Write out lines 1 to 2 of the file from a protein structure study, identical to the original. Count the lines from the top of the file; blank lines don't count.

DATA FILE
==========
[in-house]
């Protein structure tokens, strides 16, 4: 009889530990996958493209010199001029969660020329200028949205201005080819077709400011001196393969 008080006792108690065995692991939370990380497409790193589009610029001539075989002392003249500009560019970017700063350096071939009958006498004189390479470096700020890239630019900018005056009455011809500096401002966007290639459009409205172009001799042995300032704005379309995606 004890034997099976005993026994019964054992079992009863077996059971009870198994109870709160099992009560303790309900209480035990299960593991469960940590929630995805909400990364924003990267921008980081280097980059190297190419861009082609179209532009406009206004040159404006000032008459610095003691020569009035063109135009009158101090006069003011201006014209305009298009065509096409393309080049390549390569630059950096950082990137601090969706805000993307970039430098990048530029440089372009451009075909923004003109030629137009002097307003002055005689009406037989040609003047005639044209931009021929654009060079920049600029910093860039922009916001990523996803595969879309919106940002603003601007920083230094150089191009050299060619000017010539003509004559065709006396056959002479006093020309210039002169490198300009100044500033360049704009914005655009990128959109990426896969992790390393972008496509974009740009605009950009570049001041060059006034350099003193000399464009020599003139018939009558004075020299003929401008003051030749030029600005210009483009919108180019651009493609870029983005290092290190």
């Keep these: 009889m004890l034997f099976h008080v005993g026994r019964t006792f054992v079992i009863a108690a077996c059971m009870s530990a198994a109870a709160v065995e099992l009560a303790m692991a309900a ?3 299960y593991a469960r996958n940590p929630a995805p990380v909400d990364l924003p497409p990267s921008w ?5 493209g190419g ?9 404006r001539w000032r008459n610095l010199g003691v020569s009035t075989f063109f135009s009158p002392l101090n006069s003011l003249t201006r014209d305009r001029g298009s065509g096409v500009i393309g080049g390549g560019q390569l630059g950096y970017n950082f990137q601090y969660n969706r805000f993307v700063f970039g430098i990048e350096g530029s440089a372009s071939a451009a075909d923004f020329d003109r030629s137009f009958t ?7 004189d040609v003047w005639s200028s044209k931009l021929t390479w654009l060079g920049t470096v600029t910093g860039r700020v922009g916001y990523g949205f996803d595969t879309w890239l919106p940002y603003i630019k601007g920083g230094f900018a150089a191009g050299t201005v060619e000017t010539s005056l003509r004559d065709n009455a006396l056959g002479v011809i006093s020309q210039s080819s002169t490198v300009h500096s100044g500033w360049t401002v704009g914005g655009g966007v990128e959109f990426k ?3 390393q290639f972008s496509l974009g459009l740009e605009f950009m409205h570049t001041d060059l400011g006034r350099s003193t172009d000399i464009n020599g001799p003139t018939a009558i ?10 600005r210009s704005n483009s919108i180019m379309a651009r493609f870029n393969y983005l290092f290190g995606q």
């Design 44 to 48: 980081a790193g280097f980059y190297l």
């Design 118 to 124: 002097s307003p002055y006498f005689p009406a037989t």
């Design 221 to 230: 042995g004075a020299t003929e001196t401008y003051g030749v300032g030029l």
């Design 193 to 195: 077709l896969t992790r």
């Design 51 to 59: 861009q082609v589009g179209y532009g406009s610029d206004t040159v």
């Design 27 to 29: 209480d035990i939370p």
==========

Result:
[in-house]
């Protein structure tokens, strides 16, 4: 009889530990996958493209010199001029969660020329200028949205201005080819077709400011001196393969 008080006792108690065995692991939370990380497409790193589009610029001539075989002392003249500009560019970017700063350096071939009958006498004189390479470096700020890239630019900018005056009455011809500096401002966007290639459009409205172009001799042995300032704005379309995606 004890034997099976005993026994019964054992079992009863077996059971009870198994109870709160099992009560303790309900209480035990299960593991469960940590929630995805909400990364924003990267921008980081280097980059190297190419861009082609179209532009406009206004040159404006000032008459610095003691020569009035063109135009009158101090006069003011201006014209305009298009065509096409393309080049390549390569630059950096950082990137601090969706805000993307970039430098990048530029440089372009451009075909923004003109030629137009002097307003002055005689009406037989040609003047005639044209931009021929654009060079920049600029910093860039922009916001990523996803595969879309919106940002603003601007920083230094150089191009050299060619000017010539003509004559065709006396056959002479006093020309210039002169490198300009100044500033360049704009914005655009990128959109990426896969992790390393972008496509974009740009605009950009570049001041060059006034350099003193000399464009020599003139018939009558004075020299003929401008003051030749030029600005210009483009919108180019651009493609870029983005290092290190």